At least in part, Huxley saw these positions as being temporary, while he awaited a post in physiology; since no such position became available, he held the same appointments for over thirty years. With considerable rapidity the focus of Huxley’s attention shifted from the invertebrates to the vertebrates. This shift was induced by his duties as lecturer on natural history, which required him to prepare in unfamiliar areas of biology, combined with his duties in connection with the Geological Survey, which brought him in close contact with a range of vertebrate fossils. Although beginning with a certain distaste for fossils, he soon became deeply involved in problems in paleontology and geology. His first fossil work was in cooperation with John William Salter, identifying a variety of fossils, an experience which was to prove invaluable in the aftermath of Darwin’s Origin. As with the invertebrates, Huxley was not concerned with species as such, but only as they led to more general zoological problems. In addition to his paleontological work, Huxley helped to organize the Museum of Practical Geology where he began, in 1855, his series of lectures of workingmen. He further developed his own regular course at the School of Mines. In addition to this he was appointed to the triennial Fullerian lectureship at the Royal Institution for 1856-1858. This sampling of his activities is indicative of the number of projects he would undertake at one time.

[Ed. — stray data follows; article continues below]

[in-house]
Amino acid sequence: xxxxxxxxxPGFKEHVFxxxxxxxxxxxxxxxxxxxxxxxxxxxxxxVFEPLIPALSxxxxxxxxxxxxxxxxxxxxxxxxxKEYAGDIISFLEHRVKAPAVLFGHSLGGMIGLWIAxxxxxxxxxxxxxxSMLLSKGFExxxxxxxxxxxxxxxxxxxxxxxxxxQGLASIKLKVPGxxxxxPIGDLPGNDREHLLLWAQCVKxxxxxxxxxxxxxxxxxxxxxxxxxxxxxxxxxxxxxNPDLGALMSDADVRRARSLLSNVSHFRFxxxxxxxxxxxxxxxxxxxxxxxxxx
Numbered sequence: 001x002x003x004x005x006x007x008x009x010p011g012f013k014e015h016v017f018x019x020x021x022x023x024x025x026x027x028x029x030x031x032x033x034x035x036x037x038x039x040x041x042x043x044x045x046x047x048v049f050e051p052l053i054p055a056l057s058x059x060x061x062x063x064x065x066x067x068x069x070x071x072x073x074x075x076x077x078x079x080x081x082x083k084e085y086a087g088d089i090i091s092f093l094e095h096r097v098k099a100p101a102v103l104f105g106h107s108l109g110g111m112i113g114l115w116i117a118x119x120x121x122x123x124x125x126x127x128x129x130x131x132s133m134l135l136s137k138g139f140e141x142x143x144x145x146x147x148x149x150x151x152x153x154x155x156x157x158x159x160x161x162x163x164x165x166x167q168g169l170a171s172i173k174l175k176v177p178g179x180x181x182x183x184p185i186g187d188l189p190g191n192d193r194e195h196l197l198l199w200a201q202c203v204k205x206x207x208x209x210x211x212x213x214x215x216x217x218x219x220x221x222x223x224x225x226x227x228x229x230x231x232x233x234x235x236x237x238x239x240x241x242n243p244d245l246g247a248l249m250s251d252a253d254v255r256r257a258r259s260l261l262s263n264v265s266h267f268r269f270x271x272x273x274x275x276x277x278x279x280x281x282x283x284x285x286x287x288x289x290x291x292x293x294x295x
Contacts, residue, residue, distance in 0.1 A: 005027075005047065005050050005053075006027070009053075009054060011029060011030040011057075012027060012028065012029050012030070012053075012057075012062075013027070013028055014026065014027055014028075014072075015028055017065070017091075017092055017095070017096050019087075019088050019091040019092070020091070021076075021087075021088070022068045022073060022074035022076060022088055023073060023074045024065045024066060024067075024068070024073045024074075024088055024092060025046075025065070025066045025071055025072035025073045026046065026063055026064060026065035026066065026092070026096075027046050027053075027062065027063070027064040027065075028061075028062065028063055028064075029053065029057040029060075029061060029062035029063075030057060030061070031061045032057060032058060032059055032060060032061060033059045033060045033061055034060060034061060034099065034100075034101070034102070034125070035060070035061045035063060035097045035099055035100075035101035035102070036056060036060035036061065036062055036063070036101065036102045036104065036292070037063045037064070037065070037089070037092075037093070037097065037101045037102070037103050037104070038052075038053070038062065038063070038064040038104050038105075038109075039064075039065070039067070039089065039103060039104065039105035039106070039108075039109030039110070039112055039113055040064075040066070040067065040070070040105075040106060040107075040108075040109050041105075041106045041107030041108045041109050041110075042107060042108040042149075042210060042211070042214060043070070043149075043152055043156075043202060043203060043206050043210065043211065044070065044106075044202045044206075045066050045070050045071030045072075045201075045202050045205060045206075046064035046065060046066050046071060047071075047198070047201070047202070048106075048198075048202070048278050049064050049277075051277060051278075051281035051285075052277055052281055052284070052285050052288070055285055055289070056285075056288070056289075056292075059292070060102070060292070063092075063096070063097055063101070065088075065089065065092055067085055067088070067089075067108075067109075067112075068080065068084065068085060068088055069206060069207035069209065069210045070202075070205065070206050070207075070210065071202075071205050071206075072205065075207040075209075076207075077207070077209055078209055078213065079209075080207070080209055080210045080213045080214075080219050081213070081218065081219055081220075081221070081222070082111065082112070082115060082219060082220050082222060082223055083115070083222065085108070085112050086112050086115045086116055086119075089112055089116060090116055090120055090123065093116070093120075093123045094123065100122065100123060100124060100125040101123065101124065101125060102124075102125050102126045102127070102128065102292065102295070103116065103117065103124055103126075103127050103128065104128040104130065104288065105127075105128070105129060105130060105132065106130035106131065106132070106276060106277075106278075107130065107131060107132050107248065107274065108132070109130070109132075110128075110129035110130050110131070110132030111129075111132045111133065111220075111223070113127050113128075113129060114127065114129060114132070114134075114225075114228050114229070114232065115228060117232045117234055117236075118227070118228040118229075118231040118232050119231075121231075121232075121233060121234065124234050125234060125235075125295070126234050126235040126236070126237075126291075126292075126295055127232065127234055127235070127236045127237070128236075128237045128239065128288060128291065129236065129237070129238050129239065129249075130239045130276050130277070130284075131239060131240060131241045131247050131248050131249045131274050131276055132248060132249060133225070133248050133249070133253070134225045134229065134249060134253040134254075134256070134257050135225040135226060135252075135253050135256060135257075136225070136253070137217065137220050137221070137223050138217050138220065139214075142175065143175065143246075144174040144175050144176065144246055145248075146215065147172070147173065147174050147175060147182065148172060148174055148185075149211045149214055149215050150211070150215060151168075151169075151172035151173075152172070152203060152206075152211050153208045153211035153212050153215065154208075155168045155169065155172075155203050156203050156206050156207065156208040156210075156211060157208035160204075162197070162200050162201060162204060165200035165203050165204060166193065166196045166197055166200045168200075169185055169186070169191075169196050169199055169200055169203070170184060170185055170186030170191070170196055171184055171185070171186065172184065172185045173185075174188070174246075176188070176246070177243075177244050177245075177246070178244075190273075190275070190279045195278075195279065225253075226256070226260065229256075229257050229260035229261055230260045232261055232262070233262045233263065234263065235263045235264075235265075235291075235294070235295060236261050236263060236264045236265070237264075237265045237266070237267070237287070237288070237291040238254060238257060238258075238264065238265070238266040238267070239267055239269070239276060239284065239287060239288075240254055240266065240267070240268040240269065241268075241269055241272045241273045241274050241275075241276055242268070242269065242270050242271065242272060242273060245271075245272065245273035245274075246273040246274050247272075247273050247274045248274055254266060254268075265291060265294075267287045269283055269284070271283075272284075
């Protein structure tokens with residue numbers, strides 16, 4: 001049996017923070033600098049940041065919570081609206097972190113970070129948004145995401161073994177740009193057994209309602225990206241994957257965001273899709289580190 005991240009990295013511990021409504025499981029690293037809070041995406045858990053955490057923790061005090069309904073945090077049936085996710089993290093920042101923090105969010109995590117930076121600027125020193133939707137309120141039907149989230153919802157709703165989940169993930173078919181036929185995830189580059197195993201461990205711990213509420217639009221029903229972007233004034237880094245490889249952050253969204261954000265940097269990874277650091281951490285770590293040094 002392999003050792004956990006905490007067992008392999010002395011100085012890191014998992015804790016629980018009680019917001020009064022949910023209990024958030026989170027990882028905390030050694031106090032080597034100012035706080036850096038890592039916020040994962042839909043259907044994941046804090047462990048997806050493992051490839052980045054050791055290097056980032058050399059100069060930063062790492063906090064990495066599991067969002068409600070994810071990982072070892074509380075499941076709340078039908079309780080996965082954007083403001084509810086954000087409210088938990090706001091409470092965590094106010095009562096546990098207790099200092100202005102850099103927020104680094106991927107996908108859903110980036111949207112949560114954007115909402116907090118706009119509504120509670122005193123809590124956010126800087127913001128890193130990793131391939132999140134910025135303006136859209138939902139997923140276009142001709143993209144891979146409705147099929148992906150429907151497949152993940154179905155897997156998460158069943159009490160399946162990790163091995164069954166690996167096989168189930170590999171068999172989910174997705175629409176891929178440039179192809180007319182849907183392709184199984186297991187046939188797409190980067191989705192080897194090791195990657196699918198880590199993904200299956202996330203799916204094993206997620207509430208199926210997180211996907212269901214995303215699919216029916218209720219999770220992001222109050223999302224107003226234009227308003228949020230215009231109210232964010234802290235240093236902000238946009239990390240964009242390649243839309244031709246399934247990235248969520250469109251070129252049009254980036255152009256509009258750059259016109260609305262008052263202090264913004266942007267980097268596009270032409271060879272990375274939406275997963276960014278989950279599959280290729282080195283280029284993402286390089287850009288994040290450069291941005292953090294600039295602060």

In the late 1850’s, Huxley began a detailed study of the embryology of the vertebrates, which provided a firm base for much later work as well as strengthening his teaching. An outcome of this study was his 1858 Croonian lecture at the Royal Society, “On the Theory of the Vertebrate Skull” (Scientific Memoirs, I, 538–606). Huxley made an important methodological contribution to morphology by his insistence that, as suggestive as they are, comparisons of adult structures are insufficient for the demon-stration of homologies. Only by studying the embryological development of the various structures from their earliest stages and determining that they follow the same path of development can we say with certainty that they are homologous. Huxley was continuing the tradition of K. E. Von Bear and M. H. Rathke and, more specifically, was reviving detailed studies of the skull done by Rathke and others in 1836-1839. These neglected earlier studies had shown the inadequacies of the vertebral theory of the skull originated by Goethe, elaborated by Lorenz Oken, and developed to its fullest by Richard Owen.